And the science? Ten years is a long time to go without replication. Combine that with Podkletnov's cagey behavior and it's enough to make even sci-fi geeks like me lose hope. But like the core of any good conspiracy, antigravity research has the ring of plausibility. One of the outstanding problems in physics and cosmology today involves the existence of so-called dark matter and dark energy. They're by far the main constituents of matter in the universe, and nobody knows what they're made of—researchers have only inferred their existence from gravitational effects. Coming up with a new theory of how gravity works might explain that, though it'd be a scientific revolution on a par with relativity. "Changing gravity is in the cards," says Paul Schechter, an astronomer at MIT. "But so far no one's been able to do better than Einstein." Still, Einstein worked in a lowly patent office. Ron Koczor works for NASA.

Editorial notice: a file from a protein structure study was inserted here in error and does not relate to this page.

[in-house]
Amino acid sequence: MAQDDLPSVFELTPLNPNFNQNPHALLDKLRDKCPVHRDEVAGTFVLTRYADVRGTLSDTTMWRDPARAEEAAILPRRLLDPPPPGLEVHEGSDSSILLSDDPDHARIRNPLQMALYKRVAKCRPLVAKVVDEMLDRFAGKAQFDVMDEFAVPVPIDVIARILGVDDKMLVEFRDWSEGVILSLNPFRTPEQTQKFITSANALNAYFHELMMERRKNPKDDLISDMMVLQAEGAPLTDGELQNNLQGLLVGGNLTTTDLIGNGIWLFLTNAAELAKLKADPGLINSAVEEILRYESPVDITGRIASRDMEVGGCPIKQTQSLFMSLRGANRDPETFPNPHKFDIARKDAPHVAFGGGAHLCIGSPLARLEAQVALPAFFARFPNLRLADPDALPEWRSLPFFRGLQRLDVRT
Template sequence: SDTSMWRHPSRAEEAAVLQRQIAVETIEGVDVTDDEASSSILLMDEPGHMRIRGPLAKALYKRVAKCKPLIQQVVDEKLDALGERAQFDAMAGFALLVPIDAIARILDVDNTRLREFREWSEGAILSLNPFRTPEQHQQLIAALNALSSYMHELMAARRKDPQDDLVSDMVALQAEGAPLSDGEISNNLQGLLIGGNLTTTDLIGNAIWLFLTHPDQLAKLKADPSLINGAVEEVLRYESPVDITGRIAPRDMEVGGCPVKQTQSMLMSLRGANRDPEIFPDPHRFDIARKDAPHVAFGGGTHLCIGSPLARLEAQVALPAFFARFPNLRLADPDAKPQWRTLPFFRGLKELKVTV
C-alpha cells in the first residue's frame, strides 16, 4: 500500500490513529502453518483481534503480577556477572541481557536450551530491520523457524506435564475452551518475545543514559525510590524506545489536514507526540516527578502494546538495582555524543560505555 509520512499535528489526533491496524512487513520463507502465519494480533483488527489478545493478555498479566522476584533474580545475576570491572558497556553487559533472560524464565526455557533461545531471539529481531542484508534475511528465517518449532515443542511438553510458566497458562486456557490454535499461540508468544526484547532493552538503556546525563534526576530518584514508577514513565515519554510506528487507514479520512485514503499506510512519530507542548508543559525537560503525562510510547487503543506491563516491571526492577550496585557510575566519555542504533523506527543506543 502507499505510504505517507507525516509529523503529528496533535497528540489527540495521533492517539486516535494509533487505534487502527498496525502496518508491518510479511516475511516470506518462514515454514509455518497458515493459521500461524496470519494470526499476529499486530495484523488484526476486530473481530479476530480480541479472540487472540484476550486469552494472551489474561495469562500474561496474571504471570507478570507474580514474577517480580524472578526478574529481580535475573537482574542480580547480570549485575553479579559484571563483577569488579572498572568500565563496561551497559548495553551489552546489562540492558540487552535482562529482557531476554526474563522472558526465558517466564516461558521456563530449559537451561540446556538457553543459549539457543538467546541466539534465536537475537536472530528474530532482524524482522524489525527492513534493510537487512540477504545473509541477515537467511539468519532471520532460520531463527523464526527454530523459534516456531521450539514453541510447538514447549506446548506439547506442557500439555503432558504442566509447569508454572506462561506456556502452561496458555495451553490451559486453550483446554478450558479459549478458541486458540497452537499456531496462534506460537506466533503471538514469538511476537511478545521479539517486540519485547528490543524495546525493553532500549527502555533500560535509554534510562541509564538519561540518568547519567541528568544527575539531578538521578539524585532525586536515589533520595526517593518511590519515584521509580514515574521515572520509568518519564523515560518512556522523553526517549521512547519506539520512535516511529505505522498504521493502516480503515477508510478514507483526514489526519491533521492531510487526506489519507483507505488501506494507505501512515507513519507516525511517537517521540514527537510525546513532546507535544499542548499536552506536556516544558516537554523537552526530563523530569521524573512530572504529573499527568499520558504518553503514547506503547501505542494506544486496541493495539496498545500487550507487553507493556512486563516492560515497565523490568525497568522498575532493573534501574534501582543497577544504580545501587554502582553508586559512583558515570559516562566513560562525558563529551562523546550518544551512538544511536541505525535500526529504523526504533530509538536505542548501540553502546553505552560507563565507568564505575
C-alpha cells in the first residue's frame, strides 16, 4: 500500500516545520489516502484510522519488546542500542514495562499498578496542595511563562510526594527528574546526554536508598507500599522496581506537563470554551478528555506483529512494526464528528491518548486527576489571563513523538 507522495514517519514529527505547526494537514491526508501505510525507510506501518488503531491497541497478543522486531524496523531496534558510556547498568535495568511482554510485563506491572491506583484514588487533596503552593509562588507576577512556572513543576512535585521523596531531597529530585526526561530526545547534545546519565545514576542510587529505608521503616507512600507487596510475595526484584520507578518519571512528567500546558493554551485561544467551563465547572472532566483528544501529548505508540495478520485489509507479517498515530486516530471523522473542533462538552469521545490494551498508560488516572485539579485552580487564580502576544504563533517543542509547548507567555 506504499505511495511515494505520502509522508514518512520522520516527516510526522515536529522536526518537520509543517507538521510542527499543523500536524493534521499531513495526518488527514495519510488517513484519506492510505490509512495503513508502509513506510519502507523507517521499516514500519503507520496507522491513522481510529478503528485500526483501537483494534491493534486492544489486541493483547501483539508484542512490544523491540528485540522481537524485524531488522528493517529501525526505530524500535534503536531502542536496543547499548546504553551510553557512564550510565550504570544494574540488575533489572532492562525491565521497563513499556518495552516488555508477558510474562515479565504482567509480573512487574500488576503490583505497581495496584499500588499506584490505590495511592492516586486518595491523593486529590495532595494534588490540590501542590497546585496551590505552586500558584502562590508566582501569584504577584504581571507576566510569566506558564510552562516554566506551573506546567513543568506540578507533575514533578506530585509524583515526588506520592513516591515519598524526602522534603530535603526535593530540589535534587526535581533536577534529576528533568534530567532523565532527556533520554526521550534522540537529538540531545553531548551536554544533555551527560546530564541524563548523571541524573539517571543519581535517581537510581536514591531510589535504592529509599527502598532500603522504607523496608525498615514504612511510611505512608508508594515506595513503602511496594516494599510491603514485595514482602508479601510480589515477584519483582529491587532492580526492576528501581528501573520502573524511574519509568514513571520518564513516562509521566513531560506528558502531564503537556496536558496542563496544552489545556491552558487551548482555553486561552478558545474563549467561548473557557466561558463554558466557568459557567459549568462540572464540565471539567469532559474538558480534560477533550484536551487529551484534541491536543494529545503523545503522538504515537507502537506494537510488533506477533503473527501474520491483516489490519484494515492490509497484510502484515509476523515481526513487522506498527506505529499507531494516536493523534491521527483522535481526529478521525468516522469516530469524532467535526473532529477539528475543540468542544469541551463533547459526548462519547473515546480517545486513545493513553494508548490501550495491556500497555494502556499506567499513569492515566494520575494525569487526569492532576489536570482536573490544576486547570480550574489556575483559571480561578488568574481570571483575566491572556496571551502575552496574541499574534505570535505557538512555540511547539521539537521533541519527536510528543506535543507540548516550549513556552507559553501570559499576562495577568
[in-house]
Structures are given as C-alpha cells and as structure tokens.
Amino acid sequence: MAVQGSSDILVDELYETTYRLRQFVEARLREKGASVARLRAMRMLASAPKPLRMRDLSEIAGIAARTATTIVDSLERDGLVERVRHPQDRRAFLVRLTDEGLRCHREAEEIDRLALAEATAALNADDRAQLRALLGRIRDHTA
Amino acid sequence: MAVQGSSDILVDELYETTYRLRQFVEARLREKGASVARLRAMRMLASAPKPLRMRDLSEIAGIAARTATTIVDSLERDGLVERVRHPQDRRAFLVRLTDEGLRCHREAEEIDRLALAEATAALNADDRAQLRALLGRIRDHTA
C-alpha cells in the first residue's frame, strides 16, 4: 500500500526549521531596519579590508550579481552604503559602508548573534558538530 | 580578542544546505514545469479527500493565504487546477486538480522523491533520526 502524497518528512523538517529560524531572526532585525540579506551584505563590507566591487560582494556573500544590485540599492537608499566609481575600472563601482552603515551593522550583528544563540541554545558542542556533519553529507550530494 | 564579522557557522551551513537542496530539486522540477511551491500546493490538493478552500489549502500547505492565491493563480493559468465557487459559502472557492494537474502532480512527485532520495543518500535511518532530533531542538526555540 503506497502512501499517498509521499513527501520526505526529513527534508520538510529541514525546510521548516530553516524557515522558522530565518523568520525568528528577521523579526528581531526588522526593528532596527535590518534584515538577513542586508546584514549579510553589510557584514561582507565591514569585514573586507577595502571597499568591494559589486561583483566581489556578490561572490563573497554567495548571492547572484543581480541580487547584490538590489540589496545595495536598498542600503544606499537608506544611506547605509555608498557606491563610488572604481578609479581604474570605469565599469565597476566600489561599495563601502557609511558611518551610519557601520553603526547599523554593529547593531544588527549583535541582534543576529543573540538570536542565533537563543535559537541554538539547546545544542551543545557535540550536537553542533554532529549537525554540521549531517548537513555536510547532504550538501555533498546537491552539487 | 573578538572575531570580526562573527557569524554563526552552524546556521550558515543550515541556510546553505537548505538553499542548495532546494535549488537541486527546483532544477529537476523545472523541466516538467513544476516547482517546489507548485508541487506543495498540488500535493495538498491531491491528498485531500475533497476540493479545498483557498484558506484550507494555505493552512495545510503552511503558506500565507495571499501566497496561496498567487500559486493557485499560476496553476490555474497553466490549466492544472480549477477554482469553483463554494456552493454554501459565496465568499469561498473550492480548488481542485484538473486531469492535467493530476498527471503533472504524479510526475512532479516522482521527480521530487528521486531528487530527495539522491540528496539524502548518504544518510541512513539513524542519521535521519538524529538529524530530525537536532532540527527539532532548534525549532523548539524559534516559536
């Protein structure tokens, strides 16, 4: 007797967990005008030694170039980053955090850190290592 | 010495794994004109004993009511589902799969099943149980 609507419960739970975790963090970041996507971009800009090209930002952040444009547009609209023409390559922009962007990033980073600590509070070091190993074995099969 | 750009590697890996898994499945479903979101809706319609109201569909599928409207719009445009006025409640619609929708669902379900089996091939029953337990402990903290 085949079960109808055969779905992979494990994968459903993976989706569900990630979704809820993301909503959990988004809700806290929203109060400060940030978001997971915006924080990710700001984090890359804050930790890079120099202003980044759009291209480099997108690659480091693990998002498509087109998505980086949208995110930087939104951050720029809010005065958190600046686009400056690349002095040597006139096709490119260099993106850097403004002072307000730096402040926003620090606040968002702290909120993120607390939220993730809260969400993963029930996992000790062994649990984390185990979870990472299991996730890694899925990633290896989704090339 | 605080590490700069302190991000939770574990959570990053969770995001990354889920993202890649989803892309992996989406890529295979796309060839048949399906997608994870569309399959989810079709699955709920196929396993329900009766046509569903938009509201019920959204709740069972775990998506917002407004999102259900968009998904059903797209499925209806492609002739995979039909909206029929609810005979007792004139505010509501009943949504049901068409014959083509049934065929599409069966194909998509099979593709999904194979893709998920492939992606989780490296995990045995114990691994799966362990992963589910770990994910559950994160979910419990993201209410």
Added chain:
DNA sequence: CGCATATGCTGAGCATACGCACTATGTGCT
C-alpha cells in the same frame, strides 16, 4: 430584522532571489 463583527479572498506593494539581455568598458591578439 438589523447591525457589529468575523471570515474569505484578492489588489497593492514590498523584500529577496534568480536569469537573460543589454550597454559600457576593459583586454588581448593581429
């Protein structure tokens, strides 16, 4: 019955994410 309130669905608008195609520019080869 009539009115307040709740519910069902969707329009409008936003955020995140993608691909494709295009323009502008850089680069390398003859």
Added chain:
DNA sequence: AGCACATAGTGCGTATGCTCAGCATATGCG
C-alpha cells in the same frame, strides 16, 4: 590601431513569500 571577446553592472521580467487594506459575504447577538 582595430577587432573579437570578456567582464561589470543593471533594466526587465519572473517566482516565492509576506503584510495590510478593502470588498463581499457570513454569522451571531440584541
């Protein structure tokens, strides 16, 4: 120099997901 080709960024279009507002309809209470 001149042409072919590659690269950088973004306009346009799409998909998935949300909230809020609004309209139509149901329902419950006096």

This one dies a while back - NASA could not reproduce the results and the funding was cut. Ron Koczor seemed glad to be rid of it.

Podkletnov remains without credibility, but feel free to make up conspiracy theories if you like...
How to float like a stone

David Adam, science correspondent
Wednesday May 11, 2005
The Guardian

What goes up no longer has to come down. British scientists have developed an antigravity machine that can float heavy stones, coins and lumps of metal in mid-air. Based around a powerful magnet, the device levitates objects in a similar way to how a maglev train runs above its tracks.

Peter King, a physics professor at Nottingham University, said: "We can take an object and float it in mid-air because the magnetic forces on the object are enough to balance gravity."

The device exploits diamagnetism. Place non-magnetic objects inside a strong enough magnetic field and they are forced to act like weak magnets themselves. Generate a field that is stronger below and weaker above, and the resulting upward magnetic force cancels out gravity.

Scientists have used diamagnetism to make wood, strawberries and, famously, a living frog fly. "That force is strong enough to float things with a density similar to water, but not things with the density of rocks," Prof King said. To make their machine more powerful, the team added an oxygen and nitrogen mixture, a paramagnetic fluid. Inside the magnet, the mixture helps objects to float.